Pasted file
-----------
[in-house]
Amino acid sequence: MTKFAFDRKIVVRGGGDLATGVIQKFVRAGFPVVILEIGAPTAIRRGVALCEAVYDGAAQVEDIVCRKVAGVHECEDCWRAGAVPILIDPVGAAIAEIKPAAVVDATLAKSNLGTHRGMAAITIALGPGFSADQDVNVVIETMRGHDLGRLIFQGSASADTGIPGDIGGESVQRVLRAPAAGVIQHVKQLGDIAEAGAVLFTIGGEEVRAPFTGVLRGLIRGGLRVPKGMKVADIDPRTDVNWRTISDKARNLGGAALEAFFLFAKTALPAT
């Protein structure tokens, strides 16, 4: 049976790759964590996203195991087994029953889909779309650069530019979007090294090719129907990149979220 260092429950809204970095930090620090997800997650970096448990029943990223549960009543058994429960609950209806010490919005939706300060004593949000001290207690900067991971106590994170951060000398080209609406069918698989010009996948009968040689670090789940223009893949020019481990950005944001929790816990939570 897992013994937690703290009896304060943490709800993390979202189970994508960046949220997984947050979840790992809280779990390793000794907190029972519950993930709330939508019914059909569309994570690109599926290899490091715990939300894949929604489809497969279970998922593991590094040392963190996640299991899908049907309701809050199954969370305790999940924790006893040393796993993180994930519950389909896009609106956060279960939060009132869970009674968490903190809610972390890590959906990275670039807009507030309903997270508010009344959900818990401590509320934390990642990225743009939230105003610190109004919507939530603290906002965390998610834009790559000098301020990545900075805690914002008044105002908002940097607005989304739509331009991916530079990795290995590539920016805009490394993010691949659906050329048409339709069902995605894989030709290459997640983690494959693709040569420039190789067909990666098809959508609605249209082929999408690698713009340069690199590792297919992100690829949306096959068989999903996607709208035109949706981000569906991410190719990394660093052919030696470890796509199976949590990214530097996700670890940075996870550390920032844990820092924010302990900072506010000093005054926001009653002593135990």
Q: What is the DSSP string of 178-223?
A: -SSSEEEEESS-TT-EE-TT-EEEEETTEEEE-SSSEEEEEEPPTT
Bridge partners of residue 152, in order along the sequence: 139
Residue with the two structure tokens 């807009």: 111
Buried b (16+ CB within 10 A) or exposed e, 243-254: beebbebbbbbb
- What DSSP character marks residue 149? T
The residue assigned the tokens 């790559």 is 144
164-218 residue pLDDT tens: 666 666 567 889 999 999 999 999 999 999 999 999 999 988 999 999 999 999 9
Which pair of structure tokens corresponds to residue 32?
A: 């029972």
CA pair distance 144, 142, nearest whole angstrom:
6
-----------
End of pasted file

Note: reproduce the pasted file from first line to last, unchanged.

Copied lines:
[in-house]
Amino acid sequence: MTKFAFDRKIVVRGGGDLATGVIQKFVRAGFPVVILEIGAPTAIRRGVALCEAVYDGAAQVEDIVCRKVAGVHECEDCWRAGAVPILIDPVGAAIAEIKPAAVVDATLAKSNLGTHRGMAAITIALGPGFSADQDVNVVIETMRGHDLGRLIFQGSASADTGIPGDIGGESVQRVLRAPAAGVIQHVKQLGDIAEAGAVLFTIGGEEVRAPFTGVLRGLIRGGLRVPKGMKVADIDPRTDVNWRTISDKARNLGGAALEAFFLFAKTALPAT
């Protein structure tokens, strides 16, 4: 049976790759964590996203195991087994029953889909779309650069530019979007090294090719129907990149979220 260092429950809204970095930090620090997800997650970096448990029943990223549960009543058994429960609950209806010490919005939706300060004593949000001290207690900067991971106590994170951060000398080209609406069918698989010009996948009968040689670090789940223009893949020019481990950005944001929790816990939570 897992013994937690703290009896304060943490709800993390979202189970994508960046949220997984947050979840790992809280779990390793000794907190029972519950993930709330939508019914059909569309994570690109599926290899490091715990939300894949929604489809497969279970998922593991590094040392963190996640299991899908049907309701809050199954969370305790999940924790006893040393796993993180994930519950389909896009609106956060279960939060009132869970009674968490903190809610972390890590959906990275670039807009507030309903997270508010009344959900818990401590509320934390990642990225743009939230105003610190109004919507939530603290906002965390998610834009790559000098301020990545900075805690914002008044105002908002940097607005989304739509331009991916530079990795290995590539920016805009490394993010691949659906050329048409339709069902995605894989030709290459997640983690494959693709040569420039190789067909990666098809959508609605249209082929999408690698713009340069690199590792297919992100690829949306096959068989999903996607709208035109949706981000569906991410190719990394660093052919030696470890796509199976949590990214530097996700670890940075996870550390920032844990820092924010302990900072506010000093005054926001009653002593135990």
Q: What is the DSSP string of 178-223?
A: -SSSEEEEESS-TT-EE-TT-EEEEETTEEEE-SSSEEEEEEPPTT
Bridge partners of residue 152, in order along the sequence: 139
Residue with the two structure tokens 């807009």: 111
Buried b (16+ CB within 10 A) or exposed e, 243-254: beebbebbbbbb
- What DSSP character marks residue 149? T
The residue assigned the tokens 């790559």 is 144
164-218 residue pLDDT tens: 666 666 567 889 999 999 999 999 999 999 999 999 999 988 999 999 999 999 9
Which pair of structure tokens corresponds to residue 32?
A: 């029972």
CA pair distance 144, 142, nearest whole angstrom:
6